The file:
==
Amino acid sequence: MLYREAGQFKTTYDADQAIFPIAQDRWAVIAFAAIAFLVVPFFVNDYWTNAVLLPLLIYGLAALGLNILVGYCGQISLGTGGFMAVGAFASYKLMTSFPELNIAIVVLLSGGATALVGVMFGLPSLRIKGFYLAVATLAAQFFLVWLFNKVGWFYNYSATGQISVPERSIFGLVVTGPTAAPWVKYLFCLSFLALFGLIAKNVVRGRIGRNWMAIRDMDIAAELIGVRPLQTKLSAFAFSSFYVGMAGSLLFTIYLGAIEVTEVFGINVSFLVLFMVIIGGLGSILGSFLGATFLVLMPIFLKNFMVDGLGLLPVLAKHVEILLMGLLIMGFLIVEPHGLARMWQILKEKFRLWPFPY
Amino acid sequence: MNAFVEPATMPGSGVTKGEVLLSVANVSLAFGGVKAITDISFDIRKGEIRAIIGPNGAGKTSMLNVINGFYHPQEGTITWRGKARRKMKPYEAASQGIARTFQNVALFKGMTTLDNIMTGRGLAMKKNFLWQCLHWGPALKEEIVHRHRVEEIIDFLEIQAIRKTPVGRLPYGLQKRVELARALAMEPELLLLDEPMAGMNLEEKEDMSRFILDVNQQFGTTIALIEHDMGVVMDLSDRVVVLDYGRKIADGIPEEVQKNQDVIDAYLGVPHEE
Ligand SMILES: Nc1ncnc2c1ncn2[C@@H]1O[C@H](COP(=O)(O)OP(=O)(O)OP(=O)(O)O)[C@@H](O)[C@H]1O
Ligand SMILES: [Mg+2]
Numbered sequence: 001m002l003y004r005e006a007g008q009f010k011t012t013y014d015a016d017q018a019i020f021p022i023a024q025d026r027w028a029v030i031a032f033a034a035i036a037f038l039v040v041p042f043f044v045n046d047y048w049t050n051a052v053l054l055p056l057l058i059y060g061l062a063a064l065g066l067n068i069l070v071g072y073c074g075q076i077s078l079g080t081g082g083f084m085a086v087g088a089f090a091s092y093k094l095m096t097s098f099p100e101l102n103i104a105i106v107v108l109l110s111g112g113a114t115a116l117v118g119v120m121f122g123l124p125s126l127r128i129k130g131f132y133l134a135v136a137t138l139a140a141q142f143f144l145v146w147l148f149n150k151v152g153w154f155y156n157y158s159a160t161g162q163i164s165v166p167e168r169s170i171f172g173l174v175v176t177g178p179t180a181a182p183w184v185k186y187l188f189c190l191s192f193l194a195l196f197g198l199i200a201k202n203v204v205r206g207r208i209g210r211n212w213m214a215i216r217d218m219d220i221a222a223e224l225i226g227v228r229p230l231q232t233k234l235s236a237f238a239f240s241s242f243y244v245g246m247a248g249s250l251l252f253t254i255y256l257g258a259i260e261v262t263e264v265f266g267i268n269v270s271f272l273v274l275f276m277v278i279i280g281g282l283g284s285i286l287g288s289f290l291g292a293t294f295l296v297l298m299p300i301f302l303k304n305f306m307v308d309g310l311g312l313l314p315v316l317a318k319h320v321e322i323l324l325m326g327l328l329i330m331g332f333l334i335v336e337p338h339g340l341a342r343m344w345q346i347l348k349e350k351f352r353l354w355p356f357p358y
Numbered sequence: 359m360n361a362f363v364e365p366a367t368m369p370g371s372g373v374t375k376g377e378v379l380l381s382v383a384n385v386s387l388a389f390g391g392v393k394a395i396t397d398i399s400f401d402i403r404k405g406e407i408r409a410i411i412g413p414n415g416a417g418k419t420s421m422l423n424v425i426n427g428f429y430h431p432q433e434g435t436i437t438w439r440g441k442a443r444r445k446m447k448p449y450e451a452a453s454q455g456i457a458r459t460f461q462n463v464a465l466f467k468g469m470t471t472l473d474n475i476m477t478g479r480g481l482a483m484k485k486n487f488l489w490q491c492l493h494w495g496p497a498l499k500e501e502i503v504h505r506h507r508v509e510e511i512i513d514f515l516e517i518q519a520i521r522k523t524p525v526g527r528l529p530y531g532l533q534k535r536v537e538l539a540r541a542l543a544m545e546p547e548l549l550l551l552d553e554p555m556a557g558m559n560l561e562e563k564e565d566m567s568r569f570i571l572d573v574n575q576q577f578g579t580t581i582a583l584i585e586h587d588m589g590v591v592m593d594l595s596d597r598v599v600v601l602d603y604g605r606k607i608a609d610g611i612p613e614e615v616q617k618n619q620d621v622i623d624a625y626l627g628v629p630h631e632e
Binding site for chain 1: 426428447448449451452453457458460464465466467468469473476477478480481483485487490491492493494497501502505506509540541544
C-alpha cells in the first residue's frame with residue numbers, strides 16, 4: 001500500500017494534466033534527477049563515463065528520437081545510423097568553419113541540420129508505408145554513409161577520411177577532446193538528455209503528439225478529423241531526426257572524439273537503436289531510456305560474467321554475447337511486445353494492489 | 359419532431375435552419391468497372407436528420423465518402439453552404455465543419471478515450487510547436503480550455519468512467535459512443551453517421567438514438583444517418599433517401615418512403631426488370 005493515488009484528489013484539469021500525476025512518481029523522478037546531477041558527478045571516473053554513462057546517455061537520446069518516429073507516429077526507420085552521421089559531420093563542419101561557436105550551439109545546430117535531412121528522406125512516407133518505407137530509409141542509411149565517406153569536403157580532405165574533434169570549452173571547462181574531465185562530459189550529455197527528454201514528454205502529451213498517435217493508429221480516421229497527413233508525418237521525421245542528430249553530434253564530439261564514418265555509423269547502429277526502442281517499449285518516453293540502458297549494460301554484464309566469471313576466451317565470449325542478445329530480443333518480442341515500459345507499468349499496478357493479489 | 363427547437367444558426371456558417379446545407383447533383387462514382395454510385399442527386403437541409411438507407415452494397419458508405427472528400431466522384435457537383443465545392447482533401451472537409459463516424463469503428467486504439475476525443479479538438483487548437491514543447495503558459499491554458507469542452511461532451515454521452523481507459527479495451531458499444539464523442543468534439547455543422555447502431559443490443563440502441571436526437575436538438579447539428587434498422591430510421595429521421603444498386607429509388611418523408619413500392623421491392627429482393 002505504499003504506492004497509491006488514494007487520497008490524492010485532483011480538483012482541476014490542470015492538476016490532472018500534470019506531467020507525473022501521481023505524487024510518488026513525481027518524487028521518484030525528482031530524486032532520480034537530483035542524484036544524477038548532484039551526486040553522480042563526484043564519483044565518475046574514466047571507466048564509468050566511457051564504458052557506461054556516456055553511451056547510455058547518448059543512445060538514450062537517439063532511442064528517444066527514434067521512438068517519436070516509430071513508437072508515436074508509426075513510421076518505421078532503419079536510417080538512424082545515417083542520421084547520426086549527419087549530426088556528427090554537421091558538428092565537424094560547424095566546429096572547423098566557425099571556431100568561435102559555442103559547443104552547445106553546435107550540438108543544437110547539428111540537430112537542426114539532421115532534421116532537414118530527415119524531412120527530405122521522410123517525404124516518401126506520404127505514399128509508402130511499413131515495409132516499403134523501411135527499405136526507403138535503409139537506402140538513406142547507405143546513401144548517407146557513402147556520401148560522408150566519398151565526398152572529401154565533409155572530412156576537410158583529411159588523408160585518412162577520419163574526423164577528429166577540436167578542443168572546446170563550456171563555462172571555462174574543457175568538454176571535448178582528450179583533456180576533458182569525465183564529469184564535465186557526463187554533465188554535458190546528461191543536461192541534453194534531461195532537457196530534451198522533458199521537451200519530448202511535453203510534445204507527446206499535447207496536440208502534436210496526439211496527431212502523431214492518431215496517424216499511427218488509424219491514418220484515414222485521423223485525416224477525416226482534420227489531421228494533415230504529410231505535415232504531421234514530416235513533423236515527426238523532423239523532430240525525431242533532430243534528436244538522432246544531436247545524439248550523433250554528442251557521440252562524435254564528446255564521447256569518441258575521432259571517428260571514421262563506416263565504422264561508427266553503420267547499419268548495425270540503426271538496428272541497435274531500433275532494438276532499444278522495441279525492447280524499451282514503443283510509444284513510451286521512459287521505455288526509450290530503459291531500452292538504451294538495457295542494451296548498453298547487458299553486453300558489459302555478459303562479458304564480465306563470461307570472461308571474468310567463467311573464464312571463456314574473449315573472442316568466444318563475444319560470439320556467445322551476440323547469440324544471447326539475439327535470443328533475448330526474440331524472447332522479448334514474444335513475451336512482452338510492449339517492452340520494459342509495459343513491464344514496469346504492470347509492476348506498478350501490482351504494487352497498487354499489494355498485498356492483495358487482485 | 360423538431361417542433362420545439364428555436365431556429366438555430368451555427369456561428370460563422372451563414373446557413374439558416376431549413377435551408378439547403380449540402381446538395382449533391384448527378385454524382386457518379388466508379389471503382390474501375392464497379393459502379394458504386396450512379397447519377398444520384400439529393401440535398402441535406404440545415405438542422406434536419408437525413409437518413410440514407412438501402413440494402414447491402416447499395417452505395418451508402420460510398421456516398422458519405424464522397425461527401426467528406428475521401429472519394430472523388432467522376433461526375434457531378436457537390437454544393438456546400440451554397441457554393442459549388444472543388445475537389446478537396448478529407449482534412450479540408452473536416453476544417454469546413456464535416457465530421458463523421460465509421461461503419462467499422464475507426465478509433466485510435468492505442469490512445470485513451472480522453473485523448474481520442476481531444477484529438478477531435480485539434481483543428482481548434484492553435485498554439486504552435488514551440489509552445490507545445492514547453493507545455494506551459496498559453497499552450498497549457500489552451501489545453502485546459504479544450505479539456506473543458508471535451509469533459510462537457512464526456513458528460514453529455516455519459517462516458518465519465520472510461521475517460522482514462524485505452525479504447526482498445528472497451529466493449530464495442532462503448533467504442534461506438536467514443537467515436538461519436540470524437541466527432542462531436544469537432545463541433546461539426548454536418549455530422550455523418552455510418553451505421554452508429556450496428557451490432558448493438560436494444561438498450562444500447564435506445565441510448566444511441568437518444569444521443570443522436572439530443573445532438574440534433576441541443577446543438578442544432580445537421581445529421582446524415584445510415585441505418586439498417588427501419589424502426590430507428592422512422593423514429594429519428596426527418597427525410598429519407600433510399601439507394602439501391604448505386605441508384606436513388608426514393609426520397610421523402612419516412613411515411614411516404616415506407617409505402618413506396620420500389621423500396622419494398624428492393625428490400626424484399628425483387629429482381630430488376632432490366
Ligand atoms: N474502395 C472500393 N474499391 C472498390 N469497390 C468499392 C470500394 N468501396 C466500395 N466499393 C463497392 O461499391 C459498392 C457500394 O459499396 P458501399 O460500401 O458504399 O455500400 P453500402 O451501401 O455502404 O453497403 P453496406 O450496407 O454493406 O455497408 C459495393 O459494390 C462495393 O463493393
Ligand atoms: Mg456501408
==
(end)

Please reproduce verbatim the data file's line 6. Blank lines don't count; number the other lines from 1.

Numbered sequence: 359m360n361a362f363v364e365p366a367t368m369p370g371s372g373v374t375k376g377e378v379l380l381s382v383a384n385v386s387l388a389f390g391g392v393k394a395i396t397d398i399s400f401d402i403r404k405g406e407i408r409a410i411i412g413p414n415g416a417g418k419t420s421m422l423n424v425i426n427g428f429y430h431p432q433e434g435t436i437t438w439r440g441k442a443r444r445k446m447k448p449y450e451a452a453s454q455g456i457a458r459t460f461q462n463v464a465l466f467k468g469m470t471t472l473d474n475i476m477t478g479r480g481l482a483m484k485k486n487f488l489w490q491c492l493h494w495g496p497a498l499k500e501e502i503v504h505r506h507r508v509e510e511i512i513d514f515l516e517i518q519a520i521r522k523t524p525v526g527r528l529p530y531g532l533q534k535r536v537e538l539a540r541a542l543a544m545e546p547e548l549l550l551l552d553e554p555m556a557g558m559n560l561e562e563k564e565d566m567s568r569f570i571l572d573v574n575q576q577f578g579t580t581i582a583l584i585e586h587d588m589g590v591v592m593d594l595s596d597r598v599v600v601l602d603y604g605r606k607i608a609d610g611i612p613e614e615v616q617k618n619q620d621v622i623d624a625y626l627g628v629p630h631e632e